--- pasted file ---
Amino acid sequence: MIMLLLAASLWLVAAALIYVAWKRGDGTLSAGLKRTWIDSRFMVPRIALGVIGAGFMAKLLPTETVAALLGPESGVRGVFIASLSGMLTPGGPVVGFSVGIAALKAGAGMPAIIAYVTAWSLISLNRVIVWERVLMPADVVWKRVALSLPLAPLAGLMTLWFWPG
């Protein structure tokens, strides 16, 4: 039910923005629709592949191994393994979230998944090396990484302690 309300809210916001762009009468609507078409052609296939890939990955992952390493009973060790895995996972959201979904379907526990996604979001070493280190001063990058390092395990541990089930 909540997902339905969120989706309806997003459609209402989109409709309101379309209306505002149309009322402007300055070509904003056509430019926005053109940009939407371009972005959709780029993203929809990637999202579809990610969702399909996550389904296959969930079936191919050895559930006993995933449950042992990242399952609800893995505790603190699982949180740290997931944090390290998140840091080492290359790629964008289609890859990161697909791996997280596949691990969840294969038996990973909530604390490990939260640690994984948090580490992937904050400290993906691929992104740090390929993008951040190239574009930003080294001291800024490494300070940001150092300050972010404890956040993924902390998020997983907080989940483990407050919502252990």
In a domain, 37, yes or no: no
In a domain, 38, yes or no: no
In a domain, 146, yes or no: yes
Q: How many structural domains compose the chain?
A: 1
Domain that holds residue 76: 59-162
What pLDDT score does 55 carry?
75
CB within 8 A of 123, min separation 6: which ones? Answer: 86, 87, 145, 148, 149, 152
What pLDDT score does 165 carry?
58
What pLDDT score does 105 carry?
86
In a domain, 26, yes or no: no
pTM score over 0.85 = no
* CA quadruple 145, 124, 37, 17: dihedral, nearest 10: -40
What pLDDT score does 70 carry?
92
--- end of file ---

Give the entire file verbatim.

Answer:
Amino acid sequence: MIMLLLAASLWLVAAALIYVAWKRGDGTLSAGLKRTWIDSRFMVPRIALGVIGAGFMAKLLPTETVAALLGPESGVRGVFIASLSGMLTPGGPVVGFSVGIAALKAGAGMPAIIAYVTAWSLISLNRVIVWERVLMPADVVWKRVALSLPLAPLAGLMTLWFWPG
């Protein structure tokens, strides 16, 4: 039910923005629709592949191994393994979230998944090396990484302690 309300809210916001762009009468609507078409052609296939890939990955992952390493009973060790895995996972959201979904379907526990996604979001070493280190001063990058390092395990541990089930 909540997902339905969120989706309806997003459609209402989109409709309101379309209306505002149309009322402007300055070509904003056509430019926005053109940009939407371009972005959709780029993203929809990637999202579809990610969702399909996550389904296959969930079936191919050895559930006993995933449950042992990242399952609800893995505790603190699982949180740290997931944090390290998140840091080492290359790629964008289609890859990161697909791996997280596949691990969840294969038996990973909530604390490990939260640690994984948090580490992937904050400290993906691929992104740090390929993008951040190239574009930003080294001291800024490494300070940001150092300050972010404890956040993924902390998020997983907080989940483990407050919502252990």
In a domain, 37, yes or no: no
In a domain, 38, yes or no: no
In a domain, 146, yes or no: yes
Q: How many structural domains compose the chain?
A: 1
Domain that holds residue 76: 59-162
What pLDDT score does 55 carry?
75
CB within 8 A of 123, min separation 6: which ones? Answer: 86, 87, 145, 148, 149, 152
What pLDDT score does 165 carry?
58
What pLDDT score does 105 carry?
86
In a domain, 26, yes or no: no
pTM score over 0.85 = no
* CA quadruple 145, 124, 37, 17: dihedral, nearest 10: -40
What pLDDT score does 70 carry?
92